Polio is one of the most wounding viruses in history, and reached pandemic proportions in the early twentieth century. In America at that time it killed more people every year than any other communicable disease. Thousands of others were left living on iron lungs or hobbling about in leg braces.
For years, the Rockefeller Institute for Medical Research had funded basic investigations into the virological underpinnings of the malady, including hosting the work of Albert Sabin from 1935 onward. Millions of people all over the country donated money to the March of Dimes—formally known as the National Foundation for Infantile Paralysis—to wage battle against the disease. The foundation’s annual
budget soared from $3 million in 1940 to more than $50 million in 1953. That year, the foundation provided 25 times more funding for polio than the NIH. Its money went to science fellowships in virology, to direct research, to public information efforts, and to support for stricken families. Among many other things, the foundation funded the lab where the polio virus was first grown in non-neural tissue.
Eventually, this combination of rich-man’s endowment with mass philanthropy—along with the timely action of a small private foundation—put a dagger in polio’s heart. In 1948, Dr. Jonas Salk won a $35,000 grant from the Sarah Scaife Foundation that allowed him to equip a modern virus laboratory at the University of Pittsburgh to investigate the disease. He also received support from the March of Dimes and its millions of small donors, as did the parallel vaccine work of Albert Sabin. Two years later Scaife added to its initial risk capital with a follow-up grant to Salk.
In 1952, a particularly nasty polio epidemic broke out—more than 60,000 cases were registered in the U.S., and 3,000 people died. That same year, Salk announced a medical breakthrough. He had bravely immunized himself and his family with an experimental vaccine that worked. The Salk vaccine, the world’s first polio blocker, was soon deemed safe, thanks to field trials paid for by the March of Dimes, and went into production for use around the world in 1955. March funds were also responsible for distribution of free vaccine to many thousands of children.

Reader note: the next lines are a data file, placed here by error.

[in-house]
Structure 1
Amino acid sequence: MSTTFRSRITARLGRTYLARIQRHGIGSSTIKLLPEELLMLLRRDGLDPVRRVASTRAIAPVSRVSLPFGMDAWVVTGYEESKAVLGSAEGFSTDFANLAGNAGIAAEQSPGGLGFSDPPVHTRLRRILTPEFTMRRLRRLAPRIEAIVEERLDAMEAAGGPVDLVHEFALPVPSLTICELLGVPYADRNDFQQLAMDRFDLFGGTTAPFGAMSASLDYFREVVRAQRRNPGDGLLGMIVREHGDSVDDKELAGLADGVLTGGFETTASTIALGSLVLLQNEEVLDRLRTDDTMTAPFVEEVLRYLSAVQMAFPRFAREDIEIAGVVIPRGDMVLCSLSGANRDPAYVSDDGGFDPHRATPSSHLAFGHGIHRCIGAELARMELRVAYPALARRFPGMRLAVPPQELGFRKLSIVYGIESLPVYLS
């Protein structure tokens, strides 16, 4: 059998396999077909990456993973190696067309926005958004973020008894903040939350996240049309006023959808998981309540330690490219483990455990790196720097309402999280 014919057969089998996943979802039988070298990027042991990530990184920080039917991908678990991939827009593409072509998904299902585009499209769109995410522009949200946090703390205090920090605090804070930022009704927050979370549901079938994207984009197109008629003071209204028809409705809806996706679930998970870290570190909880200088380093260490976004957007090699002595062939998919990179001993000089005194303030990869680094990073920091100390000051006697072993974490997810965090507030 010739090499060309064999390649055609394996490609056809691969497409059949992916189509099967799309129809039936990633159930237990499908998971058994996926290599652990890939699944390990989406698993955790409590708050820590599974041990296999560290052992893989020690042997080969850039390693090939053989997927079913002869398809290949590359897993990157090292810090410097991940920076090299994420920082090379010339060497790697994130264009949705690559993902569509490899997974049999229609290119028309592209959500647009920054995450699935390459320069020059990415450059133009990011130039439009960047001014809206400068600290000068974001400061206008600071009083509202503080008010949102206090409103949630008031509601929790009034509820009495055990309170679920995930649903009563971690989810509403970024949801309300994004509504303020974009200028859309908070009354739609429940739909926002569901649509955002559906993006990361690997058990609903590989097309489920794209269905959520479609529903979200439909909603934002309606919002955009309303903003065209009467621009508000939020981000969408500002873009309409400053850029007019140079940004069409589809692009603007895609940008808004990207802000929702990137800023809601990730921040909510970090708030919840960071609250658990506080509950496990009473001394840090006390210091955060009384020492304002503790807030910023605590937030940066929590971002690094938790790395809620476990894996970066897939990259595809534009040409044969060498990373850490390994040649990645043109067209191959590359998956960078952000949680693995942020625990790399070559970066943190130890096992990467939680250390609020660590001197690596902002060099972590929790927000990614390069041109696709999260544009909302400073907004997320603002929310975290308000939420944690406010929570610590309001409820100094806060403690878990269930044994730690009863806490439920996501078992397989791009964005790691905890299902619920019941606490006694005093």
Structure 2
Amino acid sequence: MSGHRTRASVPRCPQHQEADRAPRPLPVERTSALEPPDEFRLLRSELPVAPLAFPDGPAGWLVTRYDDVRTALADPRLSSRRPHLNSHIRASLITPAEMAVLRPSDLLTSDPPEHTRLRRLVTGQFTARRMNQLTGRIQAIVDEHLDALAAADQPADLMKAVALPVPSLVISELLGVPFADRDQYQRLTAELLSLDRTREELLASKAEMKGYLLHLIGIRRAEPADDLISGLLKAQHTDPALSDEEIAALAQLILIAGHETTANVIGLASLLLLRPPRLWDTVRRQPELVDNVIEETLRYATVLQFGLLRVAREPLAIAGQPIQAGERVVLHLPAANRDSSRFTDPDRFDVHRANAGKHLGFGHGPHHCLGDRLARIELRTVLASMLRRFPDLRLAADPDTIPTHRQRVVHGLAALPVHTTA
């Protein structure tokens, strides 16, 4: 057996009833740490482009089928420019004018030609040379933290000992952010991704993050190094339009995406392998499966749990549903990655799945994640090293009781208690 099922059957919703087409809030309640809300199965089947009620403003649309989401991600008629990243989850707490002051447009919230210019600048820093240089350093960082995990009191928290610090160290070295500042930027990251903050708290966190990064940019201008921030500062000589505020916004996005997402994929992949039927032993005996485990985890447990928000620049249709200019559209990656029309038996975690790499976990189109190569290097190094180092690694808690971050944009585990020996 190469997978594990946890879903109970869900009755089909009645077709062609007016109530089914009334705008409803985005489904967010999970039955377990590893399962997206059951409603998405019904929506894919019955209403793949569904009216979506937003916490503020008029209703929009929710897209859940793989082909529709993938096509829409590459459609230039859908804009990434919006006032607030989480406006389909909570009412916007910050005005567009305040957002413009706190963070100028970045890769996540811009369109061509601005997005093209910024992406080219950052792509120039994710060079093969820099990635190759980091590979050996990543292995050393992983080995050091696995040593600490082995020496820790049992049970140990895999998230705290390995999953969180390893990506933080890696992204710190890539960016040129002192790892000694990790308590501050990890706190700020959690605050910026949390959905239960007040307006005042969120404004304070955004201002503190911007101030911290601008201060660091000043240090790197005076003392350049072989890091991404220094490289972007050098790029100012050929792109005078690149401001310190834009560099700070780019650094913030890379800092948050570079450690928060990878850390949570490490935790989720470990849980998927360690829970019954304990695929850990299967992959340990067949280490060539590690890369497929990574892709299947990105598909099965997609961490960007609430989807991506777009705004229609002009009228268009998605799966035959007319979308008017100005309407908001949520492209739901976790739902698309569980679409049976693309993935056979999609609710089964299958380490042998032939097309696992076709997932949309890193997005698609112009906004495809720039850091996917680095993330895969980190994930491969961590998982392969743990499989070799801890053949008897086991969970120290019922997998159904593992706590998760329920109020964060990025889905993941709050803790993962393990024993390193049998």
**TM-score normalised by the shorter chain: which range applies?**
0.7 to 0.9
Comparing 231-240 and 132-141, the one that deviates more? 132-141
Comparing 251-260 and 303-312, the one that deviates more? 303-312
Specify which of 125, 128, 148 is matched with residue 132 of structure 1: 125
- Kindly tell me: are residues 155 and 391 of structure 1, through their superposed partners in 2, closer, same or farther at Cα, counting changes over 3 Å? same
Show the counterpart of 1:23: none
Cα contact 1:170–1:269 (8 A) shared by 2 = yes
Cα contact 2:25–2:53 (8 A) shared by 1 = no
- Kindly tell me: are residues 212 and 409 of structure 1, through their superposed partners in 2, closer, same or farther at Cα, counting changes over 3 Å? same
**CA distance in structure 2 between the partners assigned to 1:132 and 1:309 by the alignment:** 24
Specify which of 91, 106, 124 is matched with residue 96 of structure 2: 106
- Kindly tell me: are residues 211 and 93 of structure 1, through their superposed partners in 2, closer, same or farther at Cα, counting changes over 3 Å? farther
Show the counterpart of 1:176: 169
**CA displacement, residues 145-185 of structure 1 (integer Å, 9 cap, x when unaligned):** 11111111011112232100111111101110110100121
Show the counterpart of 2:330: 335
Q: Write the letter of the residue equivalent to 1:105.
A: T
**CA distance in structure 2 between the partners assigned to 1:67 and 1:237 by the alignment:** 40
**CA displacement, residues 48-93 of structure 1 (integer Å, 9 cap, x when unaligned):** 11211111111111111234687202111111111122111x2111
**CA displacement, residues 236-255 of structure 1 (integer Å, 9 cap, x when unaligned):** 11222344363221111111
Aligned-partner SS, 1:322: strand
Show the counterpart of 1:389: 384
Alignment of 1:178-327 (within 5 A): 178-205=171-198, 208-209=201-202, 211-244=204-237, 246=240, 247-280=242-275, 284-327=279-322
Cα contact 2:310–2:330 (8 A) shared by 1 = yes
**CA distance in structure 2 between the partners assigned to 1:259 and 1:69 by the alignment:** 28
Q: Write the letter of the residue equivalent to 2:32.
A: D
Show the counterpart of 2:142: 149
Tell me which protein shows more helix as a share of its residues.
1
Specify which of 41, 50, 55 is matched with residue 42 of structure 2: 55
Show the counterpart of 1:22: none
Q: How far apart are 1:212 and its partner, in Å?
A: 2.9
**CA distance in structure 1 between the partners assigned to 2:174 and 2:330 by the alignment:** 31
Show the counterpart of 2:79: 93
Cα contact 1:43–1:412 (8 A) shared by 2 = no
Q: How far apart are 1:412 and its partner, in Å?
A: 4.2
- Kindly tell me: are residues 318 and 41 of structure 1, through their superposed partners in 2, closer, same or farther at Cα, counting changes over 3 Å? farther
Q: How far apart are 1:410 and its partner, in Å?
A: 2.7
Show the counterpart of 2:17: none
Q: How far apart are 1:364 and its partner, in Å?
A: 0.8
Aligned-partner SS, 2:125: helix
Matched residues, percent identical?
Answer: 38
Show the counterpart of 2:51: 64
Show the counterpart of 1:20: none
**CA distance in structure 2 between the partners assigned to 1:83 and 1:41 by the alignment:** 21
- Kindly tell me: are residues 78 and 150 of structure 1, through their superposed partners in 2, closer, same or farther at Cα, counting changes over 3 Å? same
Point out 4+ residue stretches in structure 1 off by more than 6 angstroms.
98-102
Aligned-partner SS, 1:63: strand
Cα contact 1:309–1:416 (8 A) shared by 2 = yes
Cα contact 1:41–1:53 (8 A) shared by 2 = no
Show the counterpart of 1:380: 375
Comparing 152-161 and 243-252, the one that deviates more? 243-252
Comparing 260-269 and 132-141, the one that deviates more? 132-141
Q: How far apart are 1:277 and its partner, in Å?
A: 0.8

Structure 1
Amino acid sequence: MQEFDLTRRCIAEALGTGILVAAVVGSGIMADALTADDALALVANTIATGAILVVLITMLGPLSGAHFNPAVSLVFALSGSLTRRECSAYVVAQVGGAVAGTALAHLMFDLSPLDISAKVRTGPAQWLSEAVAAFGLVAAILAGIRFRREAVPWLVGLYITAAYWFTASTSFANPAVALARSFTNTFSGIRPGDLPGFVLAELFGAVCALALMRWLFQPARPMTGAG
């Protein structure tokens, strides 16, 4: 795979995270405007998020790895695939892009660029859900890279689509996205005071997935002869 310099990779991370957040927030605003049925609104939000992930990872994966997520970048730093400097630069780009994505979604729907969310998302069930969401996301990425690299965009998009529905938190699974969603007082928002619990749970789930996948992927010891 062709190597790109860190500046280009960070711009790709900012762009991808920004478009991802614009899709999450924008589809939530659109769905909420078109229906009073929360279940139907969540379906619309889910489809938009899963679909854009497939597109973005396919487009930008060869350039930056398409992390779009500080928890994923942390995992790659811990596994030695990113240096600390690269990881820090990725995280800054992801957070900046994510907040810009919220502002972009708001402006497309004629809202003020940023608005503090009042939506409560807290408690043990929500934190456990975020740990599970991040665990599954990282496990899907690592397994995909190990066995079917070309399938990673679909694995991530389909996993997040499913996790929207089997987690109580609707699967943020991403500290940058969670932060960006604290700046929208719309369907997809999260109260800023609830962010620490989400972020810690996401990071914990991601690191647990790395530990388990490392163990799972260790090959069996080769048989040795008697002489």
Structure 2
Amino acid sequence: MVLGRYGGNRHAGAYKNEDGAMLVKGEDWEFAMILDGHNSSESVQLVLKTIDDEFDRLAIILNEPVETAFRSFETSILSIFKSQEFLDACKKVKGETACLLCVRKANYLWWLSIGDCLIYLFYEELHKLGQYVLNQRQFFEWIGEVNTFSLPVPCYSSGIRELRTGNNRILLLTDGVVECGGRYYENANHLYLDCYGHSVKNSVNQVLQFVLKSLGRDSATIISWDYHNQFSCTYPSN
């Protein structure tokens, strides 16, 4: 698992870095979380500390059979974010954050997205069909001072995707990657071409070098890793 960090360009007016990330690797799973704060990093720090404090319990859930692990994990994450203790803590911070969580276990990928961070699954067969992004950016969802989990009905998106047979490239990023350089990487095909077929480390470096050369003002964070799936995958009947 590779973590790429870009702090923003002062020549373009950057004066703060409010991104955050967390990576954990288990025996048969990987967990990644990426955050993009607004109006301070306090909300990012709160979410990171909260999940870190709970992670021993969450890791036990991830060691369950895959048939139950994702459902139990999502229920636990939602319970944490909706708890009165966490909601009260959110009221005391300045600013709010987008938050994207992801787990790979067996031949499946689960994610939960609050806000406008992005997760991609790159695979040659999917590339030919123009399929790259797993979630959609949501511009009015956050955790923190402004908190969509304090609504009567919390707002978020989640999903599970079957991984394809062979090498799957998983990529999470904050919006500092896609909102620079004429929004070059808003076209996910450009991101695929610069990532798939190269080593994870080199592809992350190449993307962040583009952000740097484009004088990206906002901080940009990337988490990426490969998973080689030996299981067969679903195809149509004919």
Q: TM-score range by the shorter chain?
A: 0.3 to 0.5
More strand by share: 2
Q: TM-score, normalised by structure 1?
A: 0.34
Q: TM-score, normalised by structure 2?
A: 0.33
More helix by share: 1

Today, polio has nearly been eradicated across the globe. It remains endemic only in Nigeria, Pakistan, and Afghanistan. And other philanthropies have taken up the cudgel to drive the disease to a final extinction. In 1985, when there were still close to 400,000 international cases of polio every year, the Rotary International Foundation pledged $120 million to battle the affliction overseas, ultimately donating a billion dollars to the fight. In 2011, the Gates Foundation made complete eradication of polio one of its top priorities. India—which just a few years prior to benefitting from a Gates-led mobilization was described as the “most tenacious reservoir” of the paralyzing virus, with half the world’s cases—recently celebrated its first year ever without a single case. The worldwide total was down to less than 250 cases in 2012, with the noose tightening.
Meanwhile, the March of Dimes, having effectively put itself out of work by beating polio, completely shifted its focus to premature birth and the prevention of birth defects.
- Philanthropy magazine, philanthropyroundtable.org/topic/excellence_in_philanthropy/conquering_polio
- Claire Gaudiani, The Greater Good (Holt Publishing, 2004), pp. 118-121
- Decades of medical philanthropy against polio, americanhistory.si.edu/polio/virusvaccine/medphil.htm